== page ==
Drugs In Sport: De Bruin claims given support by chemist

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The Independent Online
THE MULTIPLE Olympic champion, Michelle de Bruin has seized on the supposed fallibility of urine test methods alleged by a chemist acting for the shot-putter Paul Edwards to support her challenge to a four-year ban imposed last year.

De Bruin's solicitor will use the video of a demonstration of how a sample container seal could be opened and resealed without detection in the swimmer's appeal in Lausanne on 3 May to the Court for Arbitration in Sport.

De Bruin (nee Smith) was banned for four years last August by swimming's governing body, Fina. It held that a sample analysed by its approved laboratory in Barcelona had been manipulated by the swimmer, but was unable to say how this was done.

The Irish athlete, who won three golds at the Atlanta Olympics, has been under constant scrutiny since another shot-putter with his own history of drug-test controversy, her husband Eric de Bruin, took over her coaching with striking results. He was himself once suspended for alleged use of a banned substance.

Asked if the Edwards discovery, by chemist Dr David Brown, was a boost for her case, she replied: "It certainly is. It is something we had known about for some time, but we just weren't unable to get the Versa Paks [the Fina-approved sample containers]... to prove this."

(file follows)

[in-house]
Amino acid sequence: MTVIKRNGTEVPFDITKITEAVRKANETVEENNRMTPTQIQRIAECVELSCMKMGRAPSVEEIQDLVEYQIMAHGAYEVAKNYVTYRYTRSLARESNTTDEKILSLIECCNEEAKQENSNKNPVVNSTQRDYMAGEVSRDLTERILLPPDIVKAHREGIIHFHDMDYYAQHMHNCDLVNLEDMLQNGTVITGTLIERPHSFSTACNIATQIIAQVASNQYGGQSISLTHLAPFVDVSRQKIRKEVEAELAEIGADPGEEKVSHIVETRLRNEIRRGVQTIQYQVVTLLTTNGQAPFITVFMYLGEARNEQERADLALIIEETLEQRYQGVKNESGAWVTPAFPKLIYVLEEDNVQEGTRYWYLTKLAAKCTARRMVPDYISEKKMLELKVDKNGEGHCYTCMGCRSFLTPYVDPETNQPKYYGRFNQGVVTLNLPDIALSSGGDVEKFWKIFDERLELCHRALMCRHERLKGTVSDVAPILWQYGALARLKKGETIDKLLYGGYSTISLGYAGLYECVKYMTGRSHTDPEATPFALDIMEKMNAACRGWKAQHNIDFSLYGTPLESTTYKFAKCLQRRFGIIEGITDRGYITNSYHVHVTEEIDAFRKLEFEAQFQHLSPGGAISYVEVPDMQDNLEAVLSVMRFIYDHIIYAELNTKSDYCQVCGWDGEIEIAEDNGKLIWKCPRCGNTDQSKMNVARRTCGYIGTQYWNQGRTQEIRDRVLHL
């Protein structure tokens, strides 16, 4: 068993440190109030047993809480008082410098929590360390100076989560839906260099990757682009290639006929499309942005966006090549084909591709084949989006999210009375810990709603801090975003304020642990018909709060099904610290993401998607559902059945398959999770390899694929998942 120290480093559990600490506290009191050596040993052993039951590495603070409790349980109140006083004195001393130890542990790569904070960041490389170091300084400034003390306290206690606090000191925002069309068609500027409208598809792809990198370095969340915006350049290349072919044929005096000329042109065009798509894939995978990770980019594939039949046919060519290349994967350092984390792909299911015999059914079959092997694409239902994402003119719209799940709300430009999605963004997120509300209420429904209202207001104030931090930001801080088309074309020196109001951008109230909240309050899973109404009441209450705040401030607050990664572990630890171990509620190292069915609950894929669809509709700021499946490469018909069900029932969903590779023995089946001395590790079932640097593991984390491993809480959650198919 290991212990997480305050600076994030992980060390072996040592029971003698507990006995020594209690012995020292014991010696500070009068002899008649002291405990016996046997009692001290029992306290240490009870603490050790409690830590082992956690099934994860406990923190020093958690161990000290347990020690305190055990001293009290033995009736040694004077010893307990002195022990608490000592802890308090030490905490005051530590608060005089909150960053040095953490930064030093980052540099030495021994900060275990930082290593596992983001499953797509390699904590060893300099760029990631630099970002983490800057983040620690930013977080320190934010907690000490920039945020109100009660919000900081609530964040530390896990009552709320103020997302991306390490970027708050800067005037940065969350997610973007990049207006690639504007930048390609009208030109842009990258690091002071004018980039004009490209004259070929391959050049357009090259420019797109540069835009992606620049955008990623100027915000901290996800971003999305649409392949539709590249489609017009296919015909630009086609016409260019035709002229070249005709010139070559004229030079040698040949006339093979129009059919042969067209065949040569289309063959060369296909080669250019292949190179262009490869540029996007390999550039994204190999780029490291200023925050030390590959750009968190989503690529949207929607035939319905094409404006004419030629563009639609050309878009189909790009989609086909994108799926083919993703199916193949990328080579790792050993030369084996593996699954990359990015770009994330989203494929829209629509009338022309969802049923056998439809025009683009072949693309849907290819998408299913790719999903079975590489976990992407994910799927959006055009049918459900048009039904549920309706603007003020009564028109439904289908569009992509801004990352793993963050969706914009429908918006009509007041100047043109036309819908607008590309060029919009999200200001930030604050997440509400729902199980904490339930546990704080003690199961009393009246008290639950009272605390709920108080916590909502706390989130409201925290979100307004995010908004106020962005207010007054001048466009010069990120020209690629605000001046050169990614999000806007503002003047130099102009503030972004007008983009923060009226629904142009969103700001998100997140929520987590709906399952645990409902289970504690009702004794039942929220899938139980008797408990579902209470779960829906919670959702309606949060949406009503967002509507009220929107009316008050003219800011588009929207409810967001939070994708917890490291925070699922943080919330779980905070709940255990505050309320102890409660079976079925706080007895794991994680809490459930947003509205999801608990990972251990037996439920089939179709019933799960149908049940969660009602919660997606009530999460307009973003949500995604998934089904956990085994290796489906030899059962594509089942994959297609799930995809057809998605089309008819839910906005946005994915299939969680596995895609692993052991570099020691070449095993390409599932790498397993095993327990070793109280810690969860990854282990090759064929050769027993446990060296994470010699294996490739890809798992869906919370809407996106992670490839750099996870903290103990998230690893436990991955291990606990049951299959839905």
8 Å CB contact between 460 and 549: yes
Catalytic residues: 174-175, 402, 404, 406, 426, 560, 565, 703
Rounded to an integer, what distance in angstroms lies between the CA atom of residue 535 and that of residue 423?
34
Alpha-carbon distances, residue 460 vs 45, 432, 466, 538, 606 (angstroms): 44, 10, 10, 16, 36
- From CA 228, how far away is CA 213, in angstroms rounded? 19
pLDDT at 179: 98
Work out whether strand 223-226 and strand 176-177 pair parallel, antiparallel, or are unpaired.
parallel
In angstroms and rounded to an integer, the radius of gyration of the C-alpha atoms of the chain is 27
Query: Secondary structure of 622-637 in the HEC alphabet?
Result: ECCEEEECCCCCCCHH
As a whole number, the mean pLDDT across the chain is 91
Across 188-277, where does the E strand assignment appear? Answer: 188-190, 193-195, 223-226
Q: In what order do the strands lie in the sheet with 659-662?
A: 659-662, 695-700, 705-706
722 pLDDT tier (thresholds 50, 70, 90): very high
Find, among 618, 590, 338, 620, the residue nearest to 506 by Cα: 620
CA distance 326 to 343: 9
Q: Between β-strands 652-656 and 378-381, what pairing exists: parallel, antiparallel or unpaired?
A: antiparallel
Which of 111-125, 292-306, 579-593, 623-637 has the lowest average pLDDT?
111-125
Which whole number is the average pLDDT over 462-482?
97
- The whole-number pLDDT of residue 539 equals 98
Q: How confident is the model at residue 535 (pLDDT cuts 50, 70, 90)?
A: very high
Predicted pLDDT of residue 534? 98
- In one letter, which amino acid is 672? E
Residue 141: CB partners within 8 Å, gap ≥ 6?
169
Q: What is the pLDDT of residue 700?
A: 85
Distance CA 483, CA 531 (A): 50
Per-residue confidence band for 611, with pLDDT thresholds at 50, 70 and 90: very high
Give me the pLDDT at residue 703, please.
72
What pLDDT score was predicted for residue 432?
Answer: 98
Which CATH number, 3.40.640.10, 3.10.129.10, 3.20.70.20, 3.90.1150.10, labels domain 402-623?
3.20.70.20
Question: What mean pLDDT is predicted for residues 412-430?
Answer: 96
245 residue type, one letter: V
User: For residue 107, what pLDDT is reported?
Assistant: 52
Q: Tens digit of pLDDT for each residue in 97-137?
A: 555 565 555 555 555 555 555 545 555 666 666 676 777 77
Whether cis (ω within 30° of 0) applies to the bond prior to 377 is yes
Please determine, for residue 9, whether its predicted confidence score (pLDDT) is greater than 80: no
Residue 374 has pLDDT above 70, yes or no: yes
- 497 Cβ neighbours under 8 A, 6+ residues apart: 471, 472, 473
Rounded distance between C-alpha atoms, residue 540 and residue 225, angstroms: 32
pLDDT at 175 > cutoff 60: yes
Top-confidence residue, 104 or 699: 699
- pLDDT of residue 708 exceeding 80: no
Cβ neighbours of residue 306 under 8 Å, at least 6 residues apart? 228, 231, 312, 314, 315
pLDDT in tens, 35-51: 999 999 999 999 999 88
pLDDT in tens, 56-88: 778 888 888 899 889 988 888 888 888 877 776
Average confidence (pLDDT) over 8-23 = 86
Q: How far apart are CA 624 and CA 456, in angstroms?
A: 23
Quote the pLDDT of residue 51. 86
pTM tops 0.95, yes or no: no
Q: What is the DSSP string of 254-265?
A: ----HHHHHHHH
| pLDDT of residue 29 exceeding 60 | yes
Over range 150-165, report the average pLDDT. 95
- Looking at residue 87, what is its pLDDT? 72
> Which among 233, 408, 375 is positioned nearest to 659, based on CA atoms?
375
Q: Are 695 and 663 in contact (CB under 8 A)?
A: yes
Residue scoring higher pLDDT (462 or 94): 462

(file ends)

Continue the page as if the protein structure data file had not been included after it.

She said the container used in taking her sample was an older type which had proved very difficult to obtain. "Versa Paks knew there was a problem with it so they recalled all of this type of canister. We had known for some time that the Versa Paks could be tampered with and re-sealed, and there would be no visible evidence that they had been tampered with."

The Edwards demonstration, in London on Tuesday, showed the container could be opened and resealed within three minutes using a kettle, string and a knife by Edward's lawyer's secretary.

De Bruin said: "We will be getting a video of this and I assume Peter [Lennon, De Bruin's solicitor] will be following this up. If it comes to a full hearing, we will be bringing the video and possibly Dr Brown with us."

In denying she was guilty of tampering with the sample, De Bruin's legal team last August focused on weaknesses in the test containers, saying they were liable to pop open if placed in boiling water, claiming her samples could have been tampered with at a later date.

Dougie Walker, the sprinter who has provided a suspect sample and has been suspended pending a hearing, will not benefit from the chemist's discovery. The UK Sports Council no longer uses the same testing equipment in their doping programme.